Stomach this!


Many of my family and friends have asked about the daily injections I have to give myself.  So, Saturday, I took some pics of what I do each morning around 05h45.  This is not for the fainthearted or squeemish – so feel free not to look if you are.  Also please note that these pics were taken with my cell phone so are not a great quality.

This is the pack I use, I have another tub fully loaded, this one is almost finished, all the plastic things are syringes in fancy cases, the little glass bottle holds the drug and the flat white things are the alcohol swabs in foil wrappers.

The pack

 I then take, from the pack, just what I need –

Daily dose

I clean the top of the bottle first with the alcohol swab and then load the syringe to the recommended dose (the top of the bottle has a rubber seal that you simply push the syringe through to extract the drug) –

Thanfully not a full syringe is needed

 I then swab a spot on my stomach (I am to inject myself anywhere around my belly button – obviously avoiding an previous spot that may be bruised) –

Sterilizing the area and letting it dry before putting the needle in

and then I pinch the skin and go for it –

Syringe is in

Now believe it or not, this is not the scariest part, what is worse is that once the syringe is in, I then have to pull the plunger back to check that I have not gone into a vein and am not drawing blood – these drugs are to go into the fat layer just below the skin.  Should I hit blood, I have to extract the needle and do it again.

Done, drug injected

Pull the syringe out and all that remains is a slight pink skin and perhaps a tiny spot of blood.  Then, it’s time to yawn…

Did I mention that this is at 05h45?!?!

… and then pack up –

Daily dose done, time to pack used items away and dispose of needle safely

I was given this handy case from the nurses who gave me the drugs –

Purple carrier bag with two tubs of Lucrin (the drugs I am on)

This houses a bunch of extras –

Extra syringes – I also have extra swabs in another side pouch of the bag

I have to be very careful about my used syringes – I keep these in another pouch of the bag to safely dispose of at the docs rooms –

Used syringes in another pocket awaiting safe disposal

All is zipped closed, neat packed away under my bedside cabinet (I do this all in the comfort of my bed – too cold here with mid-winter to get out and do it) –

All packed up in handy carry bag

 That is what I do each day.  I do it first thing so that I can get it over and done with and move onto a nice cuppa tea.  I will have to keep on with this up until two days before they harvest my eggs.  It not easy to do but the quicker I do it the better.  Noddy badge to me for being a big, brave girl.  I’ve even spotted a lovely trophy made out of white wire at a local decor shop that I think I deserve for doing this – hubby hint hint!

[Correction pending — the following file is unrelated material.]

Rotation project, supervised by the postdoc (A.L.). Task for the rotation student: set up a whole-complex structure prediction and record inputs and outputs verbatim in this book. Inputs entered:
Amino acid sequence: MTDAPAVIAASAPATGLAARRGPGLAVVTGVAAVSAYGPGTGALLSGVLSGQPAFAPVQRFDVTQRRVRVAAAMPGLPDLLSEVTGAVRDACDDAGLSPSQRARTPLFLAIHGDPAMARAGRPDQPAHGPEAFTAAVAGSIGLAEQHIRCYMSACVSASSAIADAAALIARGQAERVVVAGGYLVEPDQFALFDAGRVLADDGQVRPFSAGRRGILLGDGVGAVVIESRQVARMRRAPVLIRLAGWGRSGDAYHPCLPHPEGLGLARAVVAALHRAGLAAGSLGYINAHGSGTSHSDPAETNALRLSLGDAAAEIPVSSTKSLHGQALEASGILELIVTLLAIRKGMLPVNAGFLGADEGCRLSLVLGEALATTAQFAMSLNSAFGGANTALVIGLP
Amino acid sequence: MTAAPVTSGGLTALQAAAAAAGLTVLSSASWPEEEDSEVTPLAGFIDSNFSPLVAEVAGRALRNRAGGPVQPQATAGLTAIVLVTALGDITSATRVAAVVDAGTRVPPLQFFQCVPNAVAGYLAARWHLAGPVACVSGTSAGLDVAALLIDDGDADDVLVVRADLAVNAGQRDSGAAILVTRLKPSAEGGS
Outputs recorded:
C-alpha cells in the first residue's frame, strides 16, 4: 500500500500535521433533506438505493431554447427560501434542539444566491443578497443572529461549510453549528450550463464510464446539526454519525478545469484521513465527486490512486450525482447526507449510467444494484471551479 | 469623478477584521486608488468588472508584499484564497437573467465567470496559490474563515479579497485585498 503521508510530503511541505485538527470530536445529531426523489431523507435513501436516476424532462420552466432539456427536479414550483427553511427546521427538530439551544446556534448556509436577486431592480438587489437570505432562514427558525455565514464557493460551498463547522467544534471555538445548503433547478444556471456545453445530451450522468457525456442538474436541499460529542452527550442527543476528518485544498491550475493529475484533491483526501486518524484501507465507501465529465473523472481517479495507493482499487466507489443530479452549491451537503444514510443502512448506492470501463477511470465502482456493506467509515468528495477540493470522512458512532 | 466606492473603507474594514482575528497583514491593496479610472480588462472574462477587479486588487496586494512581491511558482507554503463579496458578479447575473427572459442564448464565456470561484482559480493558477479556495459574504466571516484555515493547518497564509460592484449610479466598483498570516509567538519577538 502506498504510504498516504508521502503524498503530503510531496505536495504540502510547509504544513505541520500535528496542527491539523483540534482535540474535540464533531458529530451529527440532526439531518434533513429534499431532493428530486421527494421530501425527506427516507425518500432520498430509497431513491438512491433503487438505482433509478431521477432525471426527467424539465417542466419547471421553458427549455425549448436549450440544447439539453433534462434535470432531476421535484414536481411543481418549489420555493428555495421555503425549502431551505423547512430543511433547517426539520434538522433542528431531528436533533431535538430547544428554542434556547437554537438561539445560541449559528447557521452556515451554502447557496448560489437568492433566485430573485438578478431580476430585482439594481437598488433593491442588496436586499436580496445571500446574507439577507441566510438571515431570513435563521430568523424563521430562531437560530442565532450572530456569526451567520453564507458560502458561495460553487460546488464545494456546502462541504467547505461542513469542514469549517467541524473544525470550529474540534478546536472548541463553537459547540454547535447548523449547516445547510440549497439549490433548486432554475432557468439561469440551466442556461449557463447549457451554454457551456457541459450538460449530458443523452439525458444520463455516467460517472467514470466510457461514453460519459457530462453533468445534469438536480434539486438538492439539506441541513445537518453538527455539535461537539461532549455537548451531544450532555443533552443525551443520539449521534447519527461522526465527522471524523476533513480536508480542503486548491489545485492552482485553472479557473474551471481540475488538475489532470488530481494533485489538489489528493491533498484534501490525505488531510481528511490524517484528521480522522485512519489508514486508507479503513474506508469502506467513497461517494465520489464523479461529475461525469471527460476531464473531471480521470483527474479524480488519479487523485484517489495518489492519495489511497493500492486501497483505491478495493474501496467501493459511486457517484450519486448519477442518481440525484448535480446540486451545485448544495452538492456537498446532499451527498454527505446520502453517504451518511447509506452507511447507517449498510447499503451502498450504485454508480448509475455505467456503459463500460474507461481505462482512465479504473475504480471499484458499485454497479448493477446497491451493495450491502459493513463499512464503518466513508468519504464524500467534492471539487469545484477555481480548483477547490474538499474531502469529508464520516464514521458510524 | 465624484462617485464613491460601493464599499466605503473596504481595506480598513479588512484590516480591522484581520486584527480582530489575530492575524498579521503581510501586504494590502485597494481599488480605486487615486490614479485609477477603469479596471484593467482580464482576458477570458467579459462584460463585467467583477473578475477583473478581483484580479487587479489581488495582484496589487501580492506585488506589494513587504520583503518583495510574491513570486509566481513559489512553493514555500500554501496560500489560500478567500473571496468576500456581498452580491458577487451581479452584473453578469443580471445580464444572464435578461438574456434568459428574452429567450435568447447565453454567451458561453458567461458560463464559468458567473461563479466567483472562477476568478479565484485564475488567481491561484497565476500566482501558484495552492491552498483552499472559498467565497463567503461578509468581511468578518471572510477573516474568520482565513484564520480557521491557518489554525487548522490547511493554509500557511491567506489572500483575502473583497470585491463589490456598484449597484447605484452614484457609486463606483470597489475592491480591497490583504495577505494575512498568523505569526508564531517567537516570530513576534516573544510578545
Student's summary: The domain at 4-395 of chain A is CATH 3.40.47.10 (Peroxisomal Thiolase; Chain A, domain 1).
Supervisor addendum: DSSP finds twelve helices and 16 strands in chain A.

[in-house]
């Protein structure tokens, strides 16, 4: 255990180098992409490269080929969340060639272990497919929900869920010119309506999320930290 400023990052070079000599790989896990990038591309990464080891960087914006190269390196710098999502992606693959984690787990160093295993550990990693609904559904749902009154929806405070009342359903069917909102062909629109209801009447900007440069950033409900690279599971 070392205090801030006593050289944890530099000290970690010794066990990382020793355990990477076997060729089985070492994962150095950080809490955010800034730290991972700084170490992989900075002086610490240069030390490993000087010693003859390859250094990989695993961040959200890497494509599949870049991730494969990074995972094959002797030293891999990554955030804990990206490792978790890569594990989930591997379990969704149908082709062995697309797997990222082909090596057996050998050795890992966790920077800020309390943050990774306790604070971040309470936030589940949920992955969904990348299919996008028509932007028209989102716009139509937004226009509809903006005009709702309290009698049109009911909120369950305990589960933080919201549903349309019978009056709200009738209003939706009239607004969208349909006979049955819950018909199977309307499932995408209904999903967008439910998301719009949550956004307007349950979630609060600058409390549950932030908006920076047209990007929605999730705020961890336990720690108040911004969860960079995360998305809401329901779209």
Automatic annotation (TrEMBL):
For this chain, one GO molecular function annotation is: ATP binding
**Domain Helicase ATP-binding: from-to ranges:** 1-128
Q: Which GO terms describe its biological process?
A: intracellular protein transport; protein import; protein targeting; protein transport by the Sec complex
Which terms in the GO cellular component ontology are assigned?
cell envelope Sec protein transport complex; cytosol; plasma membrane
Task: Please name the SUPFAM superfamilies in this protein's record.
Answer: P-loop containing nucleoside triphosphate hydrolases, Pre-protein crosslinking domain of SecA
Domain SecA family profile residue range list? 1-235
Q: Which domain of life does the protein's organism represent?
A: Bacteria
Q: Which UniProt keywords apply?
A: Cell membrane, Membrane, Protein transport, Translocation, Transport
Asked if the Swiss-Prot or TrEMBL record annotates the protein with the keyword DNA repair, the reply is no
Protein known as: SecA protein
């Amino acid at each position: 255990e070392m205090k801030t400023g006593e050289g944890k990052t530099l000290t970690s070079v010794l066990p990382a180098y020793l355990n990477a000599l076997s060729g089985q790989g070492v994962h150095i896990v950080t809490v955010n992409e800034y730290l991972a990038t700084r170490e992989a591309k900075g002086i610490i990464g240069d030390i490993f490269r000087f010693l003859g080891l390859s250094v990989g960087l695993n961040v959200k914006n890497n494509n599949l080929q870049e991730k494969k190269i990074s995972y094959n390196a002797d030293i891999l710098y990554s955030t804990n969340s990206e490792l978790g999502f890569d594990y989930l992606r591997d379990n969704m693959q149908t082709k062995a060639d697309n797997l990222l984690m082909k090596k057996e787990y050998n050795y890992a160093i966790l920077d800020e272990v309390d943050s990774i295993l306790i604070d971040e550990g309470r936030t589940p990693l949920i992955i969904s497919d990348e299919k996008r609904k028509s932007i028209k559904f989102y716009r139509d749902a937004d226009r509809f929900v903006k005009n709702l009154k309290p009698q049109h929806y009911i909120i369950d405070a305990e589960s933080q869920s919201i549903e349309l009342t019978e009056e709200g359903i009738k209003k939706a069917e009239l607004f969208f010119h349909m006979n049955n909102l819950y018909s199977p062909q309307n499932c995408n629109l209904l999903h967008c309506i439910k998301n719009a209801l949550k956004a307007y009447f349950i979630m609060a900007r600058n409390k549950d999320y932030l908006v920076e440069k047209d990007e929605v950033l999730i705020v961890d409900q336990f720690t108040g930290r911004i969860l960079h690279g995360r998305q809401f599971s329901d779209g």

As for side effects – none that cannot be managed, thankfully.  My appetite has increased and I have to snack more to prevent myself from growing weary which seems to happen rather quickly, parts of my body are very sore and I am somewhat bloated but really it is not nearly as bad as I thought it would be.  I had been warned of headaches but have not experience these – hallelujah. 

After my daily drug dose, I move onto my daily dose of Bible time – perhaps it is this that has kept me motivated to get it done and not stall over the drugs so that I can move onto the good stuff – time with my Lord.


3 responses »

  1. Oouch my Boo! I take my hat off to you for doing this! I am a chicken with needles. Thanks for showiung us, makes us really feel part of what you are going through. Lots of love, Mum

    • I am not so much a chicken with needles HOWEVER I never thought I would be able to do this! The reality of it is that I HAVE to do it otherwise I am totally dependant on someone else which is not ideal. I am so chuffed that I am managing, really grows one I think when you can tackle these mountains and overcome them. Thanks Mum. Lots of love.

  2. Eish – well done! I wouldnt be able to do it – I faint at the sight of a sewing needle, nevermind one that has to be injected into me. Most squeemish indeed, but hats off to you Sian – you are a real trooper!

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